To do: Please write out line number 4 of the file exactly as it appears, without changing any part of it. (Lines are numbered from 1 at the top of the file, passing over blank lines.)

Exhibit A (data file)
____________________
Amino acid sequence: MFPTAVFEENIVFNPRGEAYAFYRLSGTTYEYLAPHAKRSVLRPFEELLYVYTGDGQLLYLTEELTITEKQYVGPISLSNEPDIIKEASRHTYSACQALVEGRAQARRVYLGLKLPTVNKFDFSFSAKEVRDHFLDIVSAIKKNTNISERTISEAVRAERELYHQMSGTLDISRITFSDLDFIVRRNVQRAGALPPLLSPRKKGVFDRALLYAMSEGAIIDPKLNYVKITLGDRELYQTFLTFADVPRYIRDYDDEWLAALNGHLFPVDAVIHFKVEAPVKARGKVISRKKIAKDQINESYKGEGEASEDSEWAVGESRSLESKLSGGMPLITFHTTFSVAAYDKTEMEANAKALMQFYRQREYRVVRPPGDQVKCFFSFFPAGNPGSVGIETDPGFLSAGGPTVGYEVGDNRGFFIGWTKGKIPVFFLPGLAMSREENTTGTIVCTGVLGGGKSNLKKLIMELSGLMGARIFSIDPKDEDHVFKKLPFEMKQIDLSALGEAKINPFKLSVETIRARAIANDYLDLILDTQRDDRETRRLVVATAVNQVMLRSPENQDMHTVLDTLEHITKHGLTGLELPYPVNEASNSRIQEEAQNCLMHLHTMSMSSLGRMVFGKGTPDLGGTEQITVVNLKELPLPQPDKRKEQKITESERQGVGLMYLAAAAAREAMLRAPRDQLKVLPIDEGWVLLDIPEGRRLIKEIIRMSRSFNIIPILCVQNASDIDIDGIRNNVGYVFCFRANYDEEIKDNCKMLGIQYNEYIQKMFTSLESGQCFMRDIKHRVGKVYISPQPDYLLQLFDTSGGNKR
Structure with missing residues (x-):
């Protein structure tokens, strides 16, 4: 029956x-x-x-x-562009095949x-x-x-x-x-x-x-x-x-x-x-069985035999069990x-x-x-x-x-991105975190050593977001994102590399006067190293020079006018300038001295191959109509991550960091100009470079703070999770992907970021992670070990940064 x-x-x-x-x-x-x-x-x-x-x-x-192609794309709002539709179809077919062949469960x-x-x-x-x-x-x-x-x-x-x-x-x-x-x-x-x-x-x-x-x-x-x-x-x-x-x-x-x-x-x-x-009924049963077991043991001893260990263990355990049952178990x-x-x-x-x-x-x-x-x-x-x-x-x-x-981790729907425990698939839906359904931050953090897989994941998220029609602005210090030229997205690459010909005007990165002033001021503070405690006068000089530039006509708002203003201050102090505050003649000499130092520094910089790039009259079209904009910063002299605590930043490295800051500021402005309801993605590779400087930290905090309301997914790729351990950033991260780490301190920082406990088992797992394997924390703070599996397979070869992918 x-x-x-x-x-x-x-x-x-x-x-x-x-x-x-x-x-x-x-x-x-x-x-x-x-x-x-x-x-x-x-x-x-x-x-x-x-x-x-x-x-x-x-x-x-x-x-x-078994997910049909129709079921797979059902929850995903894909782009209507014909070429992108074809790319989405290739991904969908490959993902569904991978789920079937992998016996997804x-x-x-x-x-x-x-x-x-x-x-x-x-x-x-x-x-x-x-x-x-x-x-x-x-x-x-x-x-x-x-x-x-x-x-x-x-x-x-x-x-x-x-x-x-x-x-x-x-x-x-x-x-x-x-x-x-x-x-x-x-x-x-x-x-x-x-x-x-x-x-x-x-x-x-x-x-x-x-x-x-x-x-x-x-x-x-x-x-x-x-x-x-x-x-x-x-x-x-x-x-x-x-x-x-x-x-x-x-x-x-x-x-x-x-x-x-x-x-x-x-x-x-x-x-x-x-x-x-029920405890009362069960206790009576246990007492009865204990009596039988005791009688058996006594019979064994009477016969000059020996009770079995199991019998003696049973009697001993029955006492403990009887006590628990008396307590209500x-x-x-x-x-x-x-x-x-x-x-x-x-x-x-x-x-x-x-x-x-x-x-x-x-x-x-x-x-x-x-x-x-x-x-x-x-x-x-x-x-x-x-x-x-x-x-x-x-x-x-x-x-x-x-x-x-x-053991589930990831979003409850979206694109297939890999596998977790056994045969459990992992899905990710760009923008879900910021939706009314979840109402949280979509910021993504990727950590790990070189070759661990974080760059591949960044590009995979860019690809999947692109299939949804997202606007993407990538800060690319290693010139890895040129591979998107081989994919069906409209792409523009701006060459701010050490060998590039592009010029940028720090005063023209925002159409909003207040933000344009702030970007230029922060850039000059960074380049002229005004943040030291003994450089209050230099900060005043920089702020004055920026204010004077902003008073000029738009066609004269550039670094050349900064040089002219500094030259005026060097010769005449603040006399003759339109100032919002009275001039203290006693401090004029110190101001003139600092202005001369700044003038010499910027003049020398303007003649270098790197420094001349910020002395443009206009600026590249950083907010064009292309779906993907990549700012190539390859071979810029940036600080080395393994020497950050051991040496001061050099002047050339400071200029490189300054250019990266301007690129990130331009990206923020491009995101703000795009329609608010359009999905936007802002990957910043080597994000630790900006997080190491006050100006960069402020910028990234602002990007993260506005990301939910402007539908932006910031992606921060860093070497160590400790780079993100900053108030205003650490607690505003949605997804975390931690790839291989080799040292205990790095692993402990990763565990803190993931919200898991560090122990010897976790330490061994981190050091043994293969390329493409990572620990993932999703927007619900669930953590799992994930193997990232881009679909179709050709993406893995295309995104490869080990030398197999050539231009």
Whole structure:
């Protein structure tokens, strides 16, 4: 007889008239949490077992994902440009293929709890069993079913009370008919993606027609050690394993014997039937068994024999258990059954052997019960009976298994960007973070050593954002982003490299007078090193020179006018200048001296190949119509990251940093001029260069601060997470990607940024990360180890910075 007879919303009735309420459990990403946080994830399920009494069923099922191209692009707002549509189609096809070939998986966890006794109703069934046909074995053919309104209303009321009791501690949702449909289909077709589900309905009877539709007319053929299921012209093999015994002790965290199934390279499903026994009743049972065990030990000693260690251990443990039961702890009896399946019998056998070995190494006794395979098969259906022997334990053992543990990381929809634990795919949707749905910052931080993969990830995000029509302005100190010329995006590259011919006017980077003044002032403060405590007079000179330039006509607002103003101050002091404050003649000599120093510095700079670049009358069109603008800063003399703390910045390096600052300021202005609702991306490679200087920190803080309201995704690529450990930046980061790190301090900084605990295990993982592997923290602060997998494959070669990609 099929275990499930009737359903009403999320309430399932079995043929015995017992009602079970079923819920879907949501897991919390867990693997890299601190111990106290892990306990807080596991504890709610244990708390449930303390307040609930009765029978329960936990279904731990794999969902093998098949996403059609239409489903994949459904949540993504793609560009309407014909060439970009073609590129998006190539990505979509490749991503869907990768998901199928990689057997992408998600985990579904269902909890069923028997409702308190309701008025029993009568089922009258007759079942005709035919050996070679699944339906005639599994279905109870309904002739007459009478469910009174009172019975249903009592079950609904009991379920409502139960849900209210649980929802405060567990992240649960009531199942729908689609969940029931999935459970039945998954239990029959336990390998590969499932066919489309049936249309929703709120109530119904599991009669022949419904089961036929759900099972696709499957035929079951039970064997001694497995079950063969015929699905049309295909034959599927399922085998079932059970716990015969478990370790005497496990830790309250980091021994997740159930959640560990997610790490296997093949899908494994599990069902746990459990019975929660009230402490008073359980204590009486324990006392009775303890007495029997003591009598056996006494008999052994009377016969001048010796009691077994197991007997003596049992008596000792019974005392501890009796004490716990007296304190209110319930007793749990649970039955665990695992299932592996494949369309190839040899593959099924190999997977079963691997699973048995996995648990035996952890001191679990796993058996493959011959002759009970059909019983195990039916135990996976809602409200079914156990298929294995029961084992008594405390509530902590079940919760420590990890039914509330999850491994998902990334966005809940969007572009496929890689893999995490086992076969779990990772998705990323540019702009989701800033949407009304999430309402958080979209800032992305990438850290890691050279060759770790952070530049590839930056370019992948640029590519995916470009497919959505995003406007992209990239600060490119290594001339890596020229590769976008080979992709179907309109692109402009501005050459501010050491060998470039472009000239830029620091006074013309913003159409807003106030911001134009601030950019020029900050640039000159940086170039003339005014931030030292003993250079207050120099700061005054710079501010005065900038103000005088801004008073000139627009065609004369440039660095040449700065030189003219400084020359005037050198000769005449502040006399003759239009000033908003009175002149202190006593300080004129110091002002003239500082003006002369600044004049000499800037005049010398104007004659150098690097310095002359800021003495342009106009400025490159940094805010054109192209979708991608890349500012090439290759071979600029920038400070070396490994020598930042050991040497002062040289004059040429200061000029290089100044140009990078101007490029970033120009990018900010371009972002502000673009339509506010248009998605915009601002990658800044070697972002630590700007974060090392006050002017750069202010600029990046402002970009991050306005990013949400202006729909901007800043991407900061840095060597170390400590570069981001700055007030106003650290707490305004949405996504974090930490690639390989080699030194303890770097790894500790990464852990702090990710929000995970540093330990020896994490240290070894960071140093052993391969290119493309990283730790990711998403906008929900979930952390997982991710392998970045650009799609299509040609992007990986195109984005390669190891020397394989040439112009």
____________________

Whole structure: